And so we kick off the first of three epic 8 minute plus tracks. “Murder” is actually my favourite track off this album for one, slightly bizarre, reason. It’s very minimalist and I love that. I tend to get quite bored and tired of minimalist arrangements of music but this track really impressed me. There is just enough going on in this track to keep me hooked and some of the songs aspects are really cool. I’ve grown to appreciate the vocals that are harnessed in Thula Borah recordings. It fills out the tracks more and adds another dynamic to their sound. This is very much the case with Murder. There is some guitar work in this song that can only be appreciated in this but every pales into the background when the vocals kick in. Graceful vocal passages allow the song to flow very evenly and they add to the overall minimalist feel of the song.

4 – (Null Interface)

This is pretty much the ultimate chill out track. This song encompasses everything that TWDY’s “Tunnel Blanket” should have been. Yes, a bit droney is good. But over the quiet, droning guitar sounds the other instruments are allowed to speak and deliver dynamics that really build the song up into a fuller track. (Null Interface) is also a perfect example of how post-rock music should be executed. Great sections of flowing, chilled out music followed by not one but TWO bruising built up sections of lovely noise. The perfect track to wind down to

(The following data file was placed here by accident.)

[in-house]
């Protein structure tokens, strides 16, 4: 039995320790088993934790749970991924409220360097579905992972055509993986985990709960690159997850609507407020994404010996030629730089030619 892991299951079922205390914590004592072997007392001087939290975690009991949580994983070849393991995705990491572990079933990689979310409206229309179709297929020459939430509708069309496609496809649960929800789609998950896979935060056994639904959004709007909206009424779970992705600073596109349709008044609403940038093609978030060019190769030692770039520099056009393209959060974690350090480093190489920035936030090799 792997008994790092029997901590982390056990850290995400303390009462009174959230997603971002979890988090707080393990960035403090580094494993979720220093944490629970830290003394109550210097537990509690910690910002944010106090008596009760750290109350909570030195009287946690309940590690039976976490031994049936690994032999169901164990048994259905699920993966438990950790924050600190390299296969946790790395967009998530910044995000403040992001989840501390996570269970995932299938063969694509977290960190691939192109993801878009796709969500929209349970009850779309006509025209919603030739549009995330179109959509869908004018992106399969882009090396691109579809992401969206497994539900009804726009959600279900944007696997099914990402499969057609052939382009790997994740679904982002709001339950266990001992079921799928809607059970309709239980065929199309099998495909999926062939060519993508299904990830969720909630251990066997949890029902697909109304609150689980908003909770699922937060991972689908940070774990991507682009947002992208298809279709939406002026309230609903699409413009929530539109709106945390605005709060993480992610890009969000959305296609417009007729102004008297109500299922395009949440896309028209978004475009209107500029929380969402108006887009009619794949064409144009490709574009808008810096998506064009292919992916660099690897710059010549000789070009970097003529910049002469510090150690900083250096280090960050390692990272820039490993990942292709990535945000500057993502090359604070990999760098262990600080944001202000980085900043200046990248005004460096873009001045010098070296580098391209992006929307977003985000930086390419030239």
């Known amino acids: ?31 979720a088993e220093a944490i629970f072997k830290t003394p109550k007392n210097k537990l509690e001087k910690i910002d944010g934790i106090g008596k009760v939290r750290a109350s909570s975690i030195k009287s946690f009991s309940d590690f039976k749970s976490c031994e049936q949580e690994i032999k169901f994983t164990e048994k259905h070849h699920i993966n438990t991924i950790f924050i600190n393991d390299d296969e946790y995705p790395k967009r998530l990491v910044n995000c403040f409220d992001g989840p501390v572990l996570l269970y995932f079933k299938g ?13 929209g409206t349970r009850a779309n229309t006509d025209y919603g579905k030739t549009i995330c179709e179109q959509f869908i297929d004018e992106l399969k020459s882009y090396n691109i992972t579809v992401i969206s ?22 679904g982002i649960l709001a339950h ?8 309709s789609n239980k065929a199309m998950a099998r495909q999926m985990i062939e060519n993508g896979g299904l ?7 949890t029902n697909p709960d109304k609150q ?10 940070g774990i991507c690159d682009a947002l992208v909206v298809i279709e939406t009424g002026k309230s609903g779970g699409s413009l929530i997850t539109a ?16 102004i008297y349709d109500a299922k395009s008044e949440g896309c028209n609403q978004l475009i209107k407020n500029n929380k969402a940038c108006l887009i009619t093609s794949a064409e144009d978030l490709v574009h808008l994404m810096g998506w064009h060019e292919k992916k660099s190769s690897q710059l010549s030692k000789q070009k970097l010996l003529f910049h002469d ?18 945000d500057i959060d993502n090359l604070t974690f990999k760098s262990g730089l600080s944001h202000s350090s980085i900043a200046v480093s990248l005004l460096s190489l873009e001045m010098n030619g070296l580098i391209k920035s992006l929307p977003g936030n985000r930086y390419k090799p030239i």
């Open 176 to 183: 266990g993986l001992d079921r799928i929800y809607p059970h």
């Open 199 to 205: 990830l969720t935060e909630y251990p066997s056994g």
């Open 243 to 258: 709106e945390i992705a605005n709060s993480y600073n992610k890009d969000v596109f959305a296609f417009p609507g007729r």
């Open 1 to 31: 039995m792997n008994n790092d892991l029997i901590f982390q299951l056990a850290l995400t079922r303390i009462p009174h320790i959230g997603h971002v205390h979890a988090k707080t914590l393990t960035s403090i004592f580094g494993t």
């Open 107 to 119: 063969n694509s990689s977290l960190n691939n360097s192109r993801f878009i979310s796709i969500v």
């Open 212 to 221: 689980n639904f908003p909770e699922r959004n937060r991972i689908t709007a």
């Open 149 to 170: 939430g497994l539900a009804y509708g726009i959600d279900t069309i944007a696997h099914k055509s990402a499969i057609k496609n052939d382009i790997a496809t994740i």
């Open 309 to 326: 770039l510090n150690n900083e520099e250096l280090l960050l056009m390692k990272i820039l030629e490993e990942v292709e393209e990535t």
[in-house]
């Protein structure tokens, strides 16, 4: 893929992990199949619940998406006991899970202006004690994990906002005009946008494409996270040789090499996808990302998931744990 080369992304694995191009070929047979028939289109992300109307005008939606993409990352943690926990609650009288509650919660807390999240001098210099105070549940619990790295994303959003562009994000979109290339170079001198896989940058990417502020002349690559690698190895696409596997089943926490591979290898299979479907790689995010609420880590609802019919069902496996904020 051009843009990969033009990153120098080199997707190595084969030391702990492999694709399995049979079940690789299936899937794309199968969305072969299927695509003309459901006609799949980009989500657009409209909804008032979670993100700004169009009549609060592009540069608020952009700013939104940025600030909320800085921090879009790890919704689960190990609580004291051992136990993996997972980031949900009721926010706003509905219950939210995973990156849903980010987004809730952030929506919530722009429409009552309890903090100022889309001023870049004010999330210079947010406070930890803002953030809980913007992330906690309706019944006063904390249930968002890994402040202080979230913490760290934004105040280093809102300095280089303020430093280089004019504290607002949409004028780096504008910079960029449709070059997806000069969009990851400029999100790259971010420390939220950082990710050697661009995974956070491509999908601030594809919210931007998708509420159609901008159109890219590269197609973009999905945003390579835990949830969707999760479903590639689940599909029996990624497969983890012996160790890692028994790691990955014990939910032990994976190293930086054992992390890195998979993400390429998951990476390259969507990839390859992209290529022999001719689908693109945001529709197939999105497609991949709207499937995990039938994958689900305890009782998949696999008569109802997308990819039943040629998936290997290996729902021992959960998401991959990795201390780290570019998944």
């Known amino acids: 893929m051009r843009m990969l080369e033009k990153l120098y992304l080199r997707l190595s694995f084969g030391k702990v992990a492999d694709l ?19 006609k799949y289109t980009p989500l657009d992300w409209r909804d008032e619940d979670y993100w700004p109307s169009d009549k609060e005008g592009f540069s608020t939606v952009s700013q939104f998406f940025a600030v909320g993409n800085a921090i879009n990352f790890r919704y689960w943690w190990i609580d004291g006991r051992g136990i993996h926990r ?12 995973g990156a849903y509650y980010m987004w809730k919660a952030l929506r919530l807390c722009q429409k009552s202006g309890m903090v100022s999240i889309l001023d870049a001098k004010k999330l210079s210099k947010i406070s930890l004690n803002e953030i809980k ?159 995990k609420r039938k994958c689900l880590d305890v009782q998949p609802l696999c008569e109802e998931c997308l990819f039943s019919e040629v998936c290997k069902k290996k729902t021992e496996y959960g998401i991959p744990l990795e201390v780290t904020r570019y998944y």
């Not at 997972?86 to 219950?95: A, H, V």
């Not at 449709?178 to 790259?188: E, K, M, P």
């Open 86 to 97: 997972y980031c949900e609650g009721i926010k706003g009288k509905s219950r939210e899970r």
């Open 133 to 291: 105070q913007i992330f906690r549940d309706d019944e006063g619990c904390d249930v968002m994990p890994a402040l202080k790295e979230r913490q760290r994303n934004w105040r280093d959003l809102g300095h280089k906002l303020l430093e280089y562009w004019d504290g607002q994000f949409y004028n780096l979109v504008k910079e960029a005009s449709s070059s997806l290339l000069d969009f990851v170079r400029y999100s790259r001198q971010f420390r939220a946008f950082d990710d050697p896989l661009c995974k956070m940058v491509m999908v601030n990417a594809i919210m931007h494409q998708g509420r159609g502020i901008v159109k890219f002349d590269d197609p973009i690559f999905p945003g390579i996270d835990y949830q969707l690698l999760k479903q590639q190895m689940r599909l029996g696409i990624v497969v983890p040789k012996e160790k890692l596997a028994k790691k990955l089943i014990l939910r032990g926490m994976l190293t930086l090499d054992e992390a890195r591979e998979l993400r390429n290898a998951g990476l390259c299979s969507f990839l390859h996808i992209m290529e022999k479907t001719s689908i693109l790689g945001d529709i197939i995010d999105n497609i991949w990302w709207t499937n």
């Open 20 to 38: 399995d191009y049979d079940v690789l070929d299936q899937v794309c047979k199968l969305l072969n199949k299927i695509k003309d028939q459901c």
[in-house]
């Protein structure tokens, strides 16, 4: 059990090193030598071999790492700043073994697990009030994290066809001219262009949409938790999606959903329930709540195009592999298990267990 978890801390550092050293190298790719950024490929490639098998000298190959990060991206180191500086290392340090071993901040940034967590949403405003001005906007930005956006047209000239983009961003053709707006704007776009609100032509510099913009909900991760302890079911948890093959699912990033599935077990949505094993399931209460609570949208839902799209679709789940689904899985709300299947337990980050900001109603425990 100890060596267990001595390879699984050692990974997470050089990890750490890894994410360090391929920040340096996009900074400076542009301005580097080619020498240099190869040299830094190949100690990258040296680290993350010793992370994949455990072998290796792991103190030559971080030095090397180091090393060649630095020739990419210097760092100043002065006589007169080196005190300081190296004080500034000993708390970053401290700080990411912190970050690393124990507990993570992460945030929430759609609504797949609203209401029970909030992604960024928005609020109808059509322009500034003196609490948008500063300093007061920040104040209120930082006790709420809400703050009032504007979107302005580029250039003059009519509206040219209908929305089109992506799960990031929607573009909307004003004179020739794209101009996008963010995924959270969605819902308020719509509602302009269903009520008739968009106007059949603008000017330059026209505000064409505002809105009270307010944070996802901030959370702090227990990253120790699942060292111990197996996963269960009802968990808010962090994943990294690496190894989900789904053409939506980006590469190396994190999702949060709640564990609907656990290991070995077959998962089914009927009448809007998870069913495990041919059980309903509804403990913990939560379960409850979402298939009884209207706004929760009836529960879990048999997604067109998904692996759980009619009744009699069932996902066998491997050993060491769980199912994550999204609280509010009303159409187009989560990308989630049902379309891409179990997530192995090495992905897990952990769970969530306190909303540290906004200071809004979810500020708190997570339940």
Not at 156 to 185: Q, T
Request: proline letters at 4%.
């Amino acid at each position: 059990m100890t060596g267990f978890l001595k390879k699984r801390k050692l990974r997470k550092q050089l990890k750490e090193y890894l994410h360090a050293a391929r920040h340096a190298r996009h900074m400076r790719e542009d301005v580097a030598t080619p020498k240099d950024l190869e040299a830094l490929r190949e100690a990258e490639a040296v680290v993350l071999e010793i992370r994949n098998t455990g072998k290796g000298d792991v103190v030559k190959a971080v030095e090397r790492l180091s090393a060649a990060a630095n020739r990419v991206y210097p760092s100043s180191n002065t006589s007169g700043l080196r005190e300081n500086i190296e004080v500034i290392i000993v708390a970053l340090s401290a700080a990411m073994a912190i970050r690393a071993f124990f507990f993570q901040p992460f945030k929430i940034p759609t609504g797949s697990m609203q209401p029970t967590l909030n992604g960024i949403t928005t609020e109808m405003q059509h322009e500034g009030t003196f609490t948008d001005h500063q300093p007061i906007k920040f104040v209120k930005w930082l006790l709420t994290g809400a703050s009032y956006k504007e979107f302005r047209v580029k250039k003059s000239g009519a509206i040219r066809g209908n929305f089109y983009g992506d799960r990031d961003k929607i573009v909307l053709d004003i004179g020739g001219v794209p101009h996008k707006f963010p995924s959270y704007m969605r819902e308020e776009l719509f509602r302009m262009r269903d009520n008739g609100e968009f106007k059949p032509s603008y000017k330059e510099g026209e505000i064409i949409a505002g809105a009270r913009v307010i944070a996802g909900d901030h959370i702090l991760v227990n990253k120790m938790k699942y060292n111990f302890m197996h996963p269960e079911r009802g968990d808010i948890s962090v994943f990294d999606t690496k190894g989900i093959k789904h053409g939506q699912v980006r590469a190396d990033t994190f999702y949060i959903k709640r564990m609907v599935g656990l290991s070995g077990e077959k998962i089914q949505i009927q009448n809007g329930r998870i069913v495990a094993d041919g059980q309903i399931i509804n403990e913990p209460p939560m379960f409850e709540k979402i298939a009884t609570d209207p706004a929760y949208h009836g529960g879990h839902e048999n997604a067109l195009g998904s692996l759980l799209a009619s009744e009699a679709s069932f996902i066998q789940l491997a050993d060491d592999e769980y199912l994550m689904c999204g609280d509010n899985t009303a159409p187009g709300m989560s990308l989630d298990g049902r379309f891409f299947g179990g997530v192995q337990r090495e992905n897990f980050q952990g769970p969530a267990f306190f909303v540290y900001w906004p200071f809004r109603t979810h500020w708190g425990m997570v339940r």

5 – Violence is Forever

A big fat 9 minute song to close over this cracker of an E.P. I really appreciate a nice, long song on any release and this one delivers. It kicks of in a musical style that is pretty similar to the third track Murder. With seren vocal patterns but then it shoots off in a different direction. A bass line with a rather punky crunch to it kicks in and you know what you are in for. Some serious post-rock purity. I bsolutely love that this song seems to be one track split into two different sections but it works together a s a whole so well. The first “half” as mentioned does have the overall feel of the last two tracks. The second “half” encompasses all previous ideas used in the album all at once. Passages in which the acoustic guitar is brought back in, vocal harmonies soaring over the music are present but most importantly that lovely post-rock kick into a section of soundscape. The end of the song is majestic. It’s got the feel of Explosions in the Sky and I feel that it was a perfect way to close out the recording. On a high. And it left me on a high. And with a stunned expression on my face.